The Future of the Kingdom Is Inaugurated In and Around Jesus

Are you the one who was to come? This is, of course, the question put to Jesus by John the Baptist. Jesus replies: “Go and tell John what you see and hear: the blind receive their sight and the lame walk, lepers are cleansed and the deaf hear, and the dead are raised up, and the poor have good news preached to them. And blessed is he who takes no offense at me” (Matt 11:2ff) In other words: The answer to that question is found in Jesus’ ministry and teaching. Here is how Moltmann unpacks this exchange, in chapter 3 of The Crucified God:

The events which took place around Jesus and at his word speak on his behalf, for they are the signs of the messianic age. The gospel which comes in the miracles to those without hope, and to the poor in his preaching, upholds and authenticates Jesus. His office is upheld not by the incarnation of the eternal Son of God nor by the archetype of true humanity, but by the future of the kingdom which is inaugurated in and around him.
(CG, p. 98)

When we talk about Jesus’ Messianiac mission, it is hard to avoid the conflict between Christianity and Judaism, that is, “between an atonement, which is already believed to be present, and a real redemption which lies in the future” (CG p. 100) Moltmann quotes Shalom Ben-Chroin stating that to a Jew, the “conception of a redeemed soul in the midst of an unredeemed world is of its very nature totally alien.” (p. 100) And so Jesus is rejected as Messiah because the world is not yet redeemed. The world has not yet been made right, therefore the Messiah has not come. Usually when this subject comes up (at least among many Christians), the Jewish rejection of Jesus is assumed to be based on a Jewish misunderstanding of what the coming of the Messiah would look like: They wanted a Messiah to come and do x (overthrow the Romans and set up the Kingdom of God on earth?); we Christians with the benefit of hindsight now know that God actually sent the Messiah (Jesus) to come and do y (die for our sins so that we can go to heaven?).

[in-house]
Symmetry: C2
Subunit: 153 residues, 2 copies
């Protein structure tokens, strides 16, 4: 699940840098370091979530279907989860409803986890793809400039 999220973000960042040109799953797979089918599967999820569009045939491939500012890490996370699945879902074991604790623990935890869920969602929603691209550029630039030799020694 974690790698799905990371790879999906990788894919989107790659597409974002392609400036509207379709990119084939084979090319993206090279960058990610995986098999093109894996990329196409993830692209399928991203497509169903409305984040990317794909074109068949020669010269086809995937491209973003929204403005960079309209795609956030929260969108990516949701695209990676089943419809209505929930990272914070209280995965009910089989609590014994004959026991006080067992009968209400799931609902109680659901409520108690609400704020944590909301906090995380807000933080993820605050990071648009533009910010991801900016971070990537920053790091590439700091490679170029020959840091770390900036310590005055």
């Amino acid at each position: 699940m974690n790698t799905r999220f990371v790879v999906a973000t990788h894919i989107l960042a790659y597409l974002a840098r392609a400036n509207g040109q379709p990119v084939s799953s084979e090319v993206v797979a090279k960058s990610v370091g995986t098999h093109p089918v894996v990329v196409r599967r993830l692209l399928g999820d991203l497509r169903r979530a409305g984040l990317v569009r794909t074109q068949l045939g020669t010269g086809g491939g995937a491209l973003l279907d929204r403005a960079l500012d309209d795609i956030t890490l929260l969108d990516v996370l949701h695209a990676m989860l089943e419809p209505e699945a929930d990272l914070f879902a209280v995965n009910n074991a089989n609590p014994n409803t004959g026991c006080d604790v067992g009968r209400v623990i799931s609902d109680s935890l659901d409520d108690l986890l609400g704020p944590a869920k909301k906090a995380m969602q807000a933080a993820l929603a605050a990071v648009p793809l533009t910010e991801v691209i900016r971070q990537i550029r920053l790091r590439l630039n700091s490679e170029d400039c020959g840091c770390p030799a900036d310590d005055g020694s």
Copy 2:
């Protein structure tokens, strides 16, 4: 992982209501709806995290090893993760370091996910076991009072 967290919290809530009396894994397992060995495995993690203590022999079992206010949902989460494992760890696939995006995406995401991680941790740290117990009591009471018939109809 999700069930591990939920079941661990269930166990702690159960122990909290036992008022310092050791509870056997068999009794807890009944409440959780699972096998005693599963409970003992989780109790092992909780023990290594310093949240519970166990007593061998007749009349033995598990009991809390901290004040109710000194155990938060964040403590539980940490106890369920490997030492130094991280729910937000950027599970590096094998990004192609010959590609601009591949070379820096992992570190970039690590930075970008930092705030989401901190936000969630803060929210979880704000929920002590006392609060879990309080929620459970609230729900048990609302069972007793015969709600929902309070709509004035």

But if the messianic mission of Jesus is seen most clearly when “the blind receive their sight and the lame walk, lepers are cleansed and the deaf hear, and the dead are raised up, and the poor have good news preached to them“, maybe we are the ones who have missed the boat on Jesus’ Messianiac mission, in which (as Moltmann puts it), “the future of the kingdom is inaugurated in and around [Jesus].” The common “interiorization” of salvation broadens the rift between Christian and Jew, and is ultimately a distortion of how Jesus’ messianic mission should be properly understood:

A faith which worships Christ as God without his future, a church which understands itself as the kingdom and a consciousness of atonement which no longer suffers from the continued unredeemed condition of the world, a Christian state which regards itself as God here present upon earth, cannot tolerate any Jewish hope beside itself. But is it still authentic Christian faith?
(CG, p. 101)

For Moltmann at least, this opens up an exciting opportunity for “convergence” between Christian Christology and Jewish futurist eschatology:

Christian christology made the hope of the Messiah suspect in Judaism. On the other hand, the Jewish expectation of the kingdom, with its realism, made realist and futurist eschatology suspect among Christians. On this level, after the long history of divergence, a history of convergence is wholly conceivable.
(CG, p. 102)

Jesus’ ministry was an emphatic “yes” to God’s future. He did not come to redeem souls out of an unredeemed world; he came to redeem the world and inaugurate the future of the kingdom.

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